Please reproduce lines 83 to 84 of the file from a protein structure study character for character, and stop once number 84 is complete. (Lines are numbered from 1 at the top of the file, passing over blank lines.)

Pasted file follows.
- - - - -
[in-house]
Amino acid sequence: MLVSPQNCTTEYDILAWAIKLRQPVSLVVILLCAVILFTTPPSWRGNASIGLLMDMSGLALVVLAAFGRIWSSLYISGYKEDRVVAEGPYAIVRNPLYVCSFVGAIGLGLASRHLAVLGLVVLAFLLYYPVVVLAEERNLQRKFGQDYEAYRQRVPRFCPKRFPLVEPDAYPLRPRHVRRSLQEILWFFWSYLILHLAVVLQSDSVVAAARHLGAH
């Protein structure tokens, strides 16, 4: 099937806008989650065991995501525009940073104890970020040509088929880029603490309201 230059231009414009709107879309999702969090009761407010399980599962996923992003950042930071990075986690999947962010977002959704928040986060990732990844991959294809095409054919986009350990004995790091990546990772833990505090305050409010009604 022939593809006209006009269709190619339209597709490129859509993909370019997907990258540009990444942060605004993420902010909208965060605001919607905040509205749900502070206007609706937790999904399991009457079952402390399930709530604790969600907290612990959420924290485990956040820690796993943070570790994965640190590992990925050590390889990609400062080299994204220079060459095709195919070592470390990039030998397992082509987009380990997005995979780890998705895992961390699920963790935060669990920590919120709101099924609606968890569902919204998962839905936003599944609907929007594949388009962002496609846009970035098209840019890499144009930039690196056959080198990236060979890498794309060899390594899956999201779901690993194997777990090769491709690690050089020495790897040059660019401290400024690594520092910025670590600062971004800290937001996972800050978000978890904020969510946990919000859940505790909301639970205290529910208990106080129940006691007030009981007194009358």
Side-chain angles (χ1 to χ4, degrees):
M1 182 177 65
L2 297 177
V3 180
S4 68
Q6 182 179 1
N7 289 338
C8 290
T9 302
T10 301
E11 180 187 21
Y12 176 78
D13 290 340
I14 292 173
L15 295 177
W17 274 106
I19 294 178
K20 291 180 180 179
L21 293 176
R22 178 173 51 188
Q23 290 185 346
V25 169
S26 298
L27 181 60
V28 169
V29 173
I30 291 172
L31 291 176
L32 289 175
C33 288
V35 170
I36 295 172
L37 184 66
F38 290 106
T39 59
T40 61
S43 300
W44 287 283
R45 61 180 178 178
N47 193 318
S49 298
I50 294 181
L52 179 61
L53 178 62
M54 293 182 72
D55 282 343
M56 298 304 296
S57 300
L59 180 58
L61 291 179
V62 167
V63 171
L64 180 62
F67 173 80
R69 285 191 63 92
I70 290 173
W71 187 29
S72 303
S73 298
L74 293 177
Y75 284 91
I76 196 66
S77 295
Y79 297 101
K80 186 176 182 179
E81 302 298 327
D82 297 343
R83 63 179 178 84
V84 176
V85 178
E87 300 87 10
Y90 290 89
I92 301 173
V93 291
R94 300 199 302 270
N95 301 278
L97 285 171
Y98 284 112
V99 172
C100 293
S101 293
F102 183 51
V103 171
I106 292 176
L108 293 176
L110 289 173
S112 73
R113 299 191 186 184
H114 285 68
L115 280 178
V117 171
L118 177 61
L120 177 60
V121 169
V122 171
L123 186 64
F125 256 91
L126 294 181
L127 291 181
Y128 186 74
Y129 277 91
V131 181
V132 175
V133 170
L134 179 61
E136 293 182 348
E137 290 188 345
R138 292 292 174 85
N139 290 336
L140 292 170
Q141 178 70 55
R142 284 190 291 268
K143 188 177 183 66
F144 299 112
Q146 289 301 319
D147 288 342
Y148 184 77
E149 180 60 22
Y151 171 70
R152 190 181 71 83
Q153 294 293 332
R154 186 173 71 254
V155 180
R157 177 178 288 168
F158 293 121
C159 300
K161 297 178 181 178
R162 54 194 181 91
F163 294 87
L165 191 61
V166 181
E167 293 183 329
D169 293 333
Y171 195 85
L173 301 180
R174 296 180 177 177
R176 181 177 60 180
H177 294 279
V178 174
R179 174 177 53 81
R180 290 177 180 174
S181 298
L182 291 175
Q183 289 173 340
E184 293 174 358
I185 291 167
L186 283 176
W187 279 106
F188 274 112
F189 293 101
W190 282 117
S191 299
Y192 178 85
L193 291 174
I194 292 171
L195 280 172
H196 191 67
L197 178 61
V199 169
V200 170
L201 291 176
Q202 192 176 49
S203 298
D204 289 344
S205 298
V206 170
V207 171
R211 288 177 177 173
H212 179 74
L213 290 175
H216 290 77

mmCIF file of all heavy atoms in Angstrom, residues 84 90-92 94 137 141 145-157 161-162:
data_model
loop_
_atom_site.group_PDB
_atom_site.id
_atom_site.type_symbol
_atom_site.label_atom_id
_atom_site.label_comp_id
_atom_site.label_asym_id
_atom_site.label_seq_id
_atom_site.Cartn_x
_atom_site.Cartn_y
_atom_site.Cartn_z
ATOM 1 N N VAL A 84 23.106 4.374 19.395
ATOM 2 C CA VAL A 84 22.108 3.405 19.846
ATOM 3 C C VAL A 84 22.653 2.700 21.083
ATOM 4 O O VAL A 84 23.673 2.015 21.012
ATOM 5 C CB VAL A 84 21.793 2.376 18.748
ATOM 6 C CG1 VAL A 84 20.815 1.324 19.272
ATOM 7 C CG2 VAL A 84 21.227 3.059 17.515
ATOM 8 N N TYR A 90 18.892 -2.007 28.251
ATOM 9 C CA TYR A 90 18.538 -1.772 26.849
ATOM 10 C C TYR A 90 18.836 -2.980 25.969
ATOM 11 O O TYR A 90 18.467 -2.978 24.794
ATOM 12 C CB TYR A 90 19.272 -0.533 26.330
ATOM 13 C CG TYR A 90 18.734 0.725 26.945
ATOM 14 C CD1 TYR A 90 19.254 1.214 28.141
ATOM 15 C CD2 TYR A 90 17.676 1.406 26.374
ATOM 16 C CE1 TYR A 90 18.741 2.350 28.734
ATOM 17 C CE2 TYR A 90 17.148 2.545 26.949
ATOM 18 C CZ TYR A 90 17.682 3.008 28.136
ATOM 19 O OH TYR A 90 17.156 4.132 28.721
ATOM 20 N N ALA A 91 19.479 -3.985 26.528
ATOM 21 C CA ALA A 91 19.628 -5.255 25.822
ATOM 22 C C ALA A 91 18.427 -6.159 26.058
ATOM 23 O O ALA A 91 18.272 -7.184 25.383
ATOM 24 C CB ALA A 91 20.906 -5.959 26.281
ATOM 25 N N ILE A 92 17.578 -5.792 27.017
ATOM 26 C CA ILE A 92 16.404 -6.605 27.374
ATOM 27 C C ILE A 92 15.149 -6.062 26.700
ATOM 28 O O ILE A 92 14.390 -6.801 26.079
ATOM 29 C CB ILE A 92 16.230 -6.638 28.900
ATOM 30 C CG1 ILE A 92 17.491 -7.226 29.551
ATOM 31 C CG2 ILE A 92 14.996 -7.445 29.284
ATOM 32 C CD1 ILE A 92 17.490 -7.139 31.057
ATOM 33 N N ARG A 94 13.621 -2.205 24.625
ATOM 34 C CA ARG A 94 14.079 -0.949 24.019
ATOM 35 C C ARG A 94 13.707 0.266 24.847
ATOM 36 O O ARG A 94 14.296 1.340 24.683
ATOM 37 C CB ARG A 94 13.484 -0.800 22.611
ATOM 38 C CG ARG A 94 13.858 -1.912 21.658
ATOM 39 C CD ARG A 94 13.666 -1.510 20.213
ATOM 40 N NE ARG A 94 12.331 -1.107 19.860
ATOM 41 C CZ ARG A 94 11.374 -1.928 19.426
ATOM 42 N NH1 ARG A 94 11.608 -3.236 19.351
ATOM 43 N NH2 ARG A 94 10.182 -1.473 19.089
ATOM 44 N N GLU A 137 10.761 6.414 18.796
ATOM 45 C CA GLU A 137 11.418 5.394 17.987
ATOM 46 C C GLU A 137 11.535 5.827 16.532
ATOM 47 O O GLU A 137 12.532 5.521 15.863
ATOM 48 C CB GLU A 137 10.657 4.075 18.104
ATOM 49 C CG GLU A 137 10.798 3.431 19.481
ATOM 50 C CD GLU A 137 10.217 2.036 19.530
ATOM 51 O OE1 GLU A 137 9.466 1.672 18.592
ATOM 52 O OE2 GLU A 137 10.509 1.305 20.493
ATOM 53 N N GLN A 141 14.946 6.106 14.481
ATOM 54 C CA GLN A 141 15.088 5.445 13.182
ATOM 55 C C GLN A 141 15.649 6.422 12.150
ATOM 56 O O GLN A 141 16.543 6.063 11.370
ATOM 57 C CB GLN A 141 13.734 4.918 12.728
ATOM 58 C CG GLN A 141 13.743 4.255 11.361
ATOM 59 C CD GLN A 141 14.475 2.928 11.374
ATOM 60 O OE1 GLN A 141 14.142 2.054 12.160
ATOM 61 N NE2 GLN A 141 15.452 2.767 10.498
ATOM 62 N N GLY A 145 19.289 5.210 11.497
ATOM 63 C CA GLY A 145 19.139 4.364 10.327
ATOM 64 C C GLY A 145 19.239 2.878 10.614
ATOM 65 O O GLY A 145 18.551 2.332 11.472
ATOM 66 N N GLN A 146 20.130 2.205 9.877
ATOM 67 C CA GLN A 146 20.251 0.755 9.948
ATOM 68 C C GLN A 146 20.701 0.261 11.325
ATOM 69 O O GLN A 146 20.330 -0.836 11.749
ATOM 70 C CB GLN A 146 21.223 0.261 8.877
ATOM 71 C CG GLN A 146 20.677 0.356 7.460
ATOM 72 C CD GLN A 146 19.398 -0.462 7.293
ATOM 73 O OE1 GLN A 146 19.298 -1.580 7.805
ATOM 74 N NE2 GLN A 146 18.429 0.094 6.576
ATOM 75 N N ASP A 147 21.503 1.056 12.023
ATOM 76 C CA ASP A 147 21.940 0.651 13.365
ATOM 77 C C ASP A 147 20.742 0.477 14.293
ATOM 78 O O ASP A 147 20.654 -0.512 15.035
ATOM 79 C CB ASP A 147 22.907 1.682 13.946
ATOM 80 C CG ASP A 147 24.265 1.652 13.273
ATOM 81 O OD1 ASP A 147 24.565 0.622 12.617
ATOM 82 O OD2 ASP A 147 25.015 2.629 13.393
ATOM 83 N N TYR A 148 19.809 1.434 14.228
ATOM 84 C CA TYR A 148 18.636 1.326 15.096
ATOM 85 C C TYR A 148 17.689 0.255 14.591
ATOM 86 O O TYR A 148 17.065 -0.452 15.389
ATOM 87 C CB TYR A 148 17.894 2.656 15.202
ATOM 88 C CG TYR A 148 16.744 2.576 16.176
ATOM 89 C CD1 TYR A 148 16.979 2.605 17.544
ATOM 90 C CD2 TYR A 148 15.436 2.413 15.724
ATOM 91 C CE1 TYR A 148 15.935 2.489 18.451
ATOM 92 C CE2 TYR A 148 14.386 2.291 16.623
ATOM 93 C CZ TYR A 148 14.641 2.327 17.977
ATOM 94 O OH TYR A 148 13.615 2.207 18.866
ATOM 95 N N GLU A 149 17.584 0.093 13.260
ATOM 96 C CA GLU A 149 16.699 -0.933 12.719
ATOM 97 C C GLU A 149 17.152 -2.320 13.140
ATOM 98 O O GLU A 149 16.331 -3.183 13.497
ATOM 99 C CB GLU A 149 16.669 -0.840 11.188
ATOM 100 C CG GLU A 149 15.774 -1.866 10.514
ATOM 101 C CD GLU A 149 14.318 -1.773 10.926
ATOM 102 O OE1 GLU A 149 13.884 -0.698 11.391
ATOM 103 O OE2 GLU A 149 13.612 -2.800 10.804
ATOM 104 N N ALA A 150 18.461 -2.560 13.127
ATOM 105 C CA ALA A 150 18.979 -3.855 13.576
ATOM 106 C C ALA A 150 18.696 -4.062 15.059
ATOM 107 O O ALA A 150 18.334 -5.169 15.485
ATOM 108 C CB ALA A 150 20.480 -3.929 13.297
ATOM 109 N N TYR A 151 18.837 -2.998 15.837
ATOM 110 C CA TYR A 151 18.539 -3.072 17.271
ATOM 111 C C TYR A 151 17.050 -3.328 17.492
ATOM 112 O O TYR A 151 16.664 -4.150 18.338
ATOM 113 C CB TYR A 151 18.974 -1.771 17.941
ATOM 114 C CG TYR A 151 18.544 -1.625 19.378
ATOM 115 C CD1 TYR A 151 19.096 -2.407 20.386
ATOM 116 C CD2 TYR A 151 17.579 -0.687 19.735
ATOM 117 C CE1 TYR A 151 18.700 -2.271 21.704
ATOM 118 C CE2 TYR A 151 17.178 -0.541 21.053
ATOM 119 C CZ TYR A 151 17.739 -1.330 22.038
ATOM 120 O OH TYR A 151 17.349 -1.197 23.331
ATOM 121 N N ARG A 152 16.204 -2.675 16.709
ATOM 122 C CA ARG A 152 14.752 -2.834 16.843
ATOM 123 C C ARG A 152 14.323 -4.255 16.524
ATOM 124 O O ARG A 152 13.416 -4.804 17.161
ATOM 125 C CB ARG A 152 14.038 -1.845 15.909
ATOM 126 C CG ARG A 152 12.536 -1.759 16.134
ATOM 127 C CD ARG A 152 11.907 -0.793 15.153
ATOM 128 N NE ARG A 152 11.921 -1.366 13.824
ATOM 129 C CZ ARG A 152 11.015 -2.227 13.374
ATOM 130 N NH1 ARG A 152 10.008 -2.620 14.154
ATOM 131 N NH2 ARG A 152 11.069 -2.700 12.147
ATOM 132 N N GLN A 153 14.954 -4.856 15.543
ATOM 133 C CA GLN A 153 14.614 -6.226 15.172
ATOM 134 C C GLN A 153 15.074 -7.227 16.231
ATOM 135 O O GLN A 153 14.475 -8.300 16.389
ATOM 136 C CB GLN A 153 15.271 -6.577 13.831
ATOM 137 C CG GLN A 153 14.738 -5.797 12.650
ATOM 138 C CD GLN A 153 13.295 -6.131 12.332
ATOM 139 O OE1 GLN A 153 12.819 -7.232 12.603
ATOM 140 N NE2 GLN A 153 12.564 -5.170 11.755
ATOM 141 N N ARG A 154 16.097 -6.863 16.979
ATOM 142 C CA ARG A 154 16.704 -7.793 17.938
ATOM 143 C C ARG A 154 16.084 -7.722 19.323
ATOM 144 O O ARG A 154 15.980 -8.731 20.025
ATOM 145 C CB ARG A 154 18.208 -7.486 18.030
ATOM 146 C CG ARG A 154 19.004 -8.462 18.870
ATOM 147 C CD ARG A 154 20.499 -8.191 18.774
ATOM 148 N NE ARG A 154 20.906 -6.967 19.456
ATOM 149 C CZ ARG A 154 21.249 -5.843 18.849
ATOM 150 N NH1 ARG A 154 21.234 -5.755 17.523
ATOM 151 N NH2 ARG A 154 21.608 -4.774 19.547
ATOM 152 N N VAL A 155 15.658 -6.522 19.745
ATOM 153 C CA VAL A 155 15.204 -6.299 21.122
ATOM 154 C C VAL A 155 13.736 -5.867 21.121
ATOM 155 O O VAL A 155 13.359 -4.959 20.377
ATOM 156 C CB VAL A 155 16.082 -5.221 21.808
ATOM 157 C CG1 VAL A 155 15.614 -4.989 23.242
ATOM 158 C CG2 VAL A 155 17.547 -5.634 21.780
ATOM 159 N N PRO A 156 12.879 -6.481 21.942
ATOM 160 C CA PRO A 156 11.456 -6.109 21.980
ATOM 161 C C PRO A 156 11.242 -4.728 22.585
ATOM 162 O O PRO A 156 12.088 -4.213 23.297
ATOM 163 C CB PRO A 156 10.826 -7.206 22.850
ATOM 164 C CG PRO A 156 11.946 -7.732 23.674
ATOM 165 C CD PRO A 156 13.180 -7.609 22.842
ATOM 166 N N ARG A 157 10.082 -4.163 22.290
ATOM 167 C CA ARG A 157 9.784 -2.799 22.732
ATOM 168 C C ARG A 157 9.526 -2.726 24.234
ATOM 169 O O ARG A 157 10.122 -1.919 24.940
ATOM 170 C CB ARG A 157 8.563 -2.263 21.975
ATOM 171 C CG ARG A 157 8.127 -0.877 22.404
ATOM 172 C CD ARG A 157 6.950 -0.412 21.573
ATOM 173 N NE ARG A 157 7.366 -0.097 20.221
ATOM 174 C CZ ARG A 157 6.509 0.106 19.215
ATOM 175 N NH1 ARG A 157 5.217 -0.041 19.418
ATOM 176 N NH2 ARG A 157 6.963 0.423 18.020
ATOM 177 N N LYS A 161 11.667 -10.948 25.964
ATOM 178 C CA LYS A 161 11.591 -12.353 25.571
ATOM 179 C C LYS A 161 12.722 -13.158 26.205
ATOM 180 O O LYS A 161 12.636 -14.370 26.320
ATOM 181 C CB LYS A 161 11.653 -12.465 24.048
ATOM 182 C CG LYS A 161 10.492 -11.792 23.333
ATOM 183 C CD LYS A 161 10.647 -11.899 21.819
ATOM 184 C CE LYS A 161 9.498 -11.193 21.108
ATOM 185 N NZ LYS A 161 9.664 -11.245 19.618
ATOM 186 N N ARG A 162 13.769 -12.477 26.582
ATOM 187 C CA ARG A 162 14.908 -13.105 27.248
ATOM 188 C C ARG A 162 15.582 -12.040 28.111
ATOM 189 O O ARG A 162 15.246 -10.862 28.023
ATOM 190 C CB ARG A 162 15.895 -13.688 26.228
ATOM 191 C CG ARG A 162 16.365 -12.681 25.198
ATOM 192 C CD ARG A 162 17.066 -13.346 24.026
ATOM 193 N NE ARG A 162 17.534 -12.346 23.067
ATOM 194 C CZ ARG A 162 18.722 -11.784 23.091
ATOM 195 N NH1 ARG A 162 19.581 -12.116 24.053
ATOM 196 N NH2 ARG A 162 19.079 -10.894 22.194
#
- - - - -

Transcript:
C100 293
S101 293